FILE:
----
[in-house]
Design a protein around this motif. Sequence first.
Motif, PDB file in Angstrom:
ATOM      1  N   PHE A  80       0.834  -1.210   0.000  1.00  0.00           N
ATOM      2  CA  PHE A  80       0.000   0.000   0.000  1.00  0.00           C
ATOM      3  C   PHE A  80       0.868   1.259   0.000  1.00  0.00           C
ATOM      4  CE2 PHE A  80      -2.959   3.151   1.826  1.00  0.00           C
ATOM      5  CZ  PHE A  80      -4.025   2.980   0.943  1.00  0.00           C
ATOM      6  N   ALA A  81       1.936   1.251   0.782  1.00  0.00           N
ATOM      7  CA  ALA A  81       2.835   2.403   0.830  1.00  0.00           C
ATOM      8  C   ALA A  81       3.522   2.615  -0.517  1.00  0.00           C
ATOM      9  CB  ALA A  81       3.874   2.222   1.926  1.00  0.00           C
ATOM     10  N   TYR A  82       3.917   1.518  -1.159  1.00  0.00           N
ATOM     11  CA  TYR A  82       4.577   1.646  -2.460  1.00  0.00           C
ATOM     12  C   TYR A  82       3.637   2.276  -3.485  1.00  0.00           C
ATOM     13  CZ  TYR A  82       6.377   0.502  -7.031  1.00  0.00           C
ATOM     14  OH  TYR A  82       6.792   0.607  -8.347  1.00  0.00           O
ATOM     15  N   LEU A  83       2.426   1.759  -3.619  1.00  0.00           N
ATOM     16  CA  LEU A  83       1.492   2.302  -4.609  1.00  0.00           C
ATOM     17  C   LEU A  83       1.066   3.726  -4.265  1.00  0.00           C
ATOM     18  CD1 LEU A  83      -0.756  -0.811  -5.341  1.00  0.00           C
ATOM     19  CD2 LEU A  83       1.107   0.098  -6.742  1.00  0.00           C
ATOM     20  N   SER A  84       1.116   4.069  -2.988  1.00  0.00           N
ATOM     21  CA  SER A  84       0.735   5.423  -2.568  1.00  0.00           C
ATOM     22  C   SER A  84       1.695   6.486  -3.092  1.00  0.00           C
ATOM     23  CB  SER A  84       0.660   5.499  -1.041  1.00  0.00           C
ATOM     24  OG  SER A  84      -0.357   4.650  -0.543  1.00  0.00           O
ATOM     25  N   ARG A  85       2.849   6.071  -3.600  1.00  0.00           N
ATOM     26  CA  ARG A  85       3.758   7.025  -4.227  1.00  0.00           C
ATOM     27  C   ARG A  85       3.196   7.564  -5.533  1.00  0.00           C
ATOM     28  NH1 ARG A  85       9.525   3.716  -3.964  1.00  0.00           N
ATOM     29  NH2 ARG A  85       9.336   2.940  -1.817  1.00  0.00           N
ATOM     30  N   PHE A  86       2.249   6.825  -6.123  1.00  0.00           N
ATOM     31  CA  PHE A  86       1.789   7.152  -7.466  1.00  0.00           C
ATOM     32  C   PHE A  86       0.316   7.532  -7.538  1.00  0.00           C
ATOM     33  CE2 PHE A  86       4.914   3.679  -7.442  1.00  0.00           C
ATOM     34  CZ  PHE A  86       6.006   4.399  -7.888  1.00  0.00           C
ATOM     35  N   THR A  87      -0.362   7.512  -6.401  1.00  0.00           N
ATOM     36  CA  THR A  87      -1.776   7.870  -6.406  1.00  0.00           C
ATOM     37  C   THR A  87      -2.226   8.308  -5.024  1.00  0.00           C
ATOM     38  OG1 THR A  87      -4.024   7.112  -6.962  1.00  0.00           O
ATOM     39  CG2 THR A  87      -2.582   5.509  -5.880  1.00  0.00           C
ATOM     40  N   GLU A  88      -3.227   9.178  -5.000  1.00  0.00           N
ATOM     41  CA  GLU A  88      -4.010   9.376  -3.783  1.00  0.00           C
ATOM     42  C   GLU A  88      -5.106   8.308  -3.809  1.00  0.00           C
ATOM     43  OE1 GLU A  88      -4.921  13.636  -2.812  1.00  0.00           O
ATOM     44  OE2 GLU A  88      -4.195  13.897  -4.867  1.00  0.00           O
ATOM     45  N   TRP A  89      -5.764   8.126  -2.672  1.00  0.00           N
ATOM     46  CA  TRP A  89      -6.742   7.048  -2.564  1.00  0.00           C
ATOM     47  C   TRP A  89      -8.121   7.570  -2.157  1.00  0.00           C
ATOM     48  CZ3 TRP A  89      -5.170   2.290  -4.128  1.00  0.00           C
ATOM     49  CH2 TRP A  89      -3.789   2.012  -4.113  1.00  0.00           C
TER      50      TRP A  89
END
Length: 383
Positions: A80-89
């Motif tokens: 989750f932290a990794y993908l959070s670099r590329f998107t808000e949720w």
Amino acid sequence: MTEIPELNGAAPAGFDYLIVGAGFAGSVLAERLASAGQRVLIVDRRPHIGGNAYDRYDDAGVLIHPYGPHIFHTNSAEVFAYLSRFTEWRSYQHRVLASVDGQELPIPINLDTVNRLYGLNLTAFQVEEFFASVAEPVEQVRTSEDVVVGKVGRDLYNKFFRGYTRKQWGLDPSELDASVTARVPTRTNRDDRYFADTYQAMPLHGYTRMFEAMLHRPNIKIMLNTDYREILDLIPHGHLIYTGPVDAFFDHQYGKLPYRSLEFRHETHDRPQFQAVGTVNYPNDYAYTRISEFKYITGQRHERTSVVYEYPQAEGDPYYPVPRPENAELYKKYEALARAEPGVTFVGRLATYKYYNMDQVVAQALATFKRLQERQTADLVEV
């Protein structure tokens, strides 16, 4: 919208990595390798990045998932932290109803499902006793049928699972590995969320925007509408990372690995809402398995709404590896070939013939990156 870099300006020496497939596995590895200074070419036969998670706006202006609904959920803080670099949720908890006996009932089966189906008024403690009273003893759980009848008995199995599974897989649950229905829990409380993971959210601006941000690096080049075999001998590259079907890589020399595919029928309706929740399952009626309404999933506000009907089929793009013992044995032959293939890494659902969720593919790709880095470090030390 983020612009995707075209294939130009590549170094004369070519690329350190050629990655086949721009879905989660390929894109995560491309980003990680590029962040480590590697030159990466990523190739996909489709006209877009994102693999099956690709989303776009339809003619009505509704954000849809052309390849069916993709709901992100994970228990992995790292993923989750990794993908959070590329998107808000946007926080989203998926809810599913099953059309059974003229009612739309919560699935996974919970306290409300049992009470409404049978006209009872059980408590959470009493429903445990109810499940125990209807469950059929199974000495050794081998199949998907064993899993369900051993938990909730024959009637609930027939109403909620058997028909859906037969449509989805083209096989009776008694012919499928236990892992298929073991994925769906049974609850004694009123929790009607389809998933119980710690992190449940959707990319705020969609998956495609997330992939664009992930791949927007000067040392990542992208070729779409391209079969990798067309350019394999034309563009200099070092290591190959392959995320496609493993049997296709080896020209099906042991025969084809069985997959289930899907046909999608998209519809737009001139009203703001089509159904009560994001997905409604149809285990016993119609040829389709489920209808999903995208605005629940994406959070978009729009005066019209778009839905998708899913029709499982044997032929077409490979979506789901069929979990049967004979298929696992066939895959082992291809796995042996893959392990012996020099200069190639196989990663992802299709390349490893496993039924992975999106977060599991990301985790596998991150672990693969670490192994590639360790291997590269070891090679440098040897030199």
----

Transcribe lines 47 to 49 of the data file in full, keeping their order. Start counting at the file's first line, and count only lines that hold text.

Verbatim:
ATOM     44  OE2 GLU A  88      -4.195  13.897  -4.867  1.00  0.00           O
ATOM     45  N   TRP A  89      -5.764   8.126  -2.672  1.00  0.00           N
ATOM     46  CA  TRP A  89      -6.742   7.048  -2.564  1.00  0.00           C